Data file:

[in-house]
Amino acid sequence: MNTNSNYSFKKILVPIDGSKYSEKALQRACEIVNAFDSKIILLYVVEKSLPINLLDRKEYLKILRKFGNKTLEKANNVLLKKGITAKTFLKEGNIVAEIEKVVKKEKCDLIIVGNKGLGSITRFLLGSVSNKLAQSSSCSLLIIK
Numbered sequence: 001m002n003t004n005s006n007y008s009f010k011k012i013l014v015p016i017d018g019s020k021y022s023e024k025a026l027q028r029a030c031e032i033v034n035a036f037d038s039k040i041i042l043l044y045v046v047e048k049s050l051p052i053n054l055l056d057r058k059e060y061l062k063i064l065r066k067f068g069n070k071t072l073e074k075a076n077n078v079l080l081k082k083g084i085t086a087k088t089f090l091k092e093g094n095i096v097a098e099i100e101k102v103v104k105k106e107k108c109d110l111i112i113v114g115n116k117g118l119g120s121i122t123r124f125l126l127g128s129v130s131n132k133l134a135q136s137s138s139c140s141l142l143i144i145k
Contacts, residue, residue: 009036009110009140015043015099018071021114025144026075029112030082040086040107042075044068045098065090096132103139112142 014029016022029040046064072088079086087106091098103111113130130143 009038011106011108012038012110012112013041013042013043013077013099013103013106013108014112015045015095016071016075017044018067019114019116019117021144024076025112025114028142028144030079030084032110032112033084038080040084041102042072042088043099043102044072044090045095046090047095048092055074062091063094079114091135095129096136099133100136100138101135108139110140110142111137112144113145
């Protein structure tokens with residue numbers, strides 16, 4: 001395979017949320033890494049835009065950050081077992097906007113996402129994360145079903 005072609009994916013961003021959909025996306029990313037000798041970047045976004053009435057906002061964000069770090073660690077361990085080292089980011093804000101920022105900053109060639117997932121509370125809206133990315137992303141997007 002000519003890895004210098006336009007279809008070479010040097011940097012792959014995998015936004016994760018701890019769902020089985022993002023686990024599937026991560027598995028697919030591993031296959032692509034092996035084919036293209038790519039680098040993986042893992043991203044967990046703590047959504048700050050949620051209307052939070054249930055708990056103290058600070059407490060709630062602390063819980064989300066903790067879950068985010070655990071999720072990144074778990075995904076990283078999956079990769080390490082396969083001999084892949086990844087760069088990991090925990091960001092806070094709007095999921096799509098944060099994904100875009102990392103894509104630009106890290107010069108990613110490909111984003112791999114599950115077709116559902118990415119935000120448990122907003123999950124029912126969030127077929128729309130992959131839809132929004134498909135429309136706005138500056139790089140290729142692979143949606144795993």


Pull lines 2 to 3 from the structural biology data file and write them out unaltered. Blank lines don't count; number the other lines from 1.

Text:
Amino acid sequence: MNTNSNYSFKKILVPIDGSKYSEKALQRACEIVNAFDSKIILLYVVEKSLPINLLDRKEYLKILRKFGNKTLEKANNVLLKKGITAKTFLKEGNIVAEIEKVVKKEKCDLIIVGNKGLGSITRFLLGSVSNKLAQSSSCSLLIIK
Numbered sequence: 001m002n003t004n005s006n007y008s009f010k011k012i013l014v015p016i017d018g019s020k021y022s023e024k025a026l027q028r029a030c031e032i033v034n035a036f037d038s039k040i041i042l043l044y045v046v047e048k049s050l051p052i053n054l055l056d057r058k059e060y061l062k063i064l065r066k067f068g069n070k071t072l073e074k075a076n077n078v079l080l081k082k083g084i085t086a087k088t089f090l091k092e093g094n095i096v097a098e099i100e101k102v103v104k105k106e107k108c109d110l111i112i113v114g115n116k117g118l119g120s121i122t123r124f125l126l127g128s129v130s131n132k133l134a135q136s137s138s139c140s141l142l143i144i145k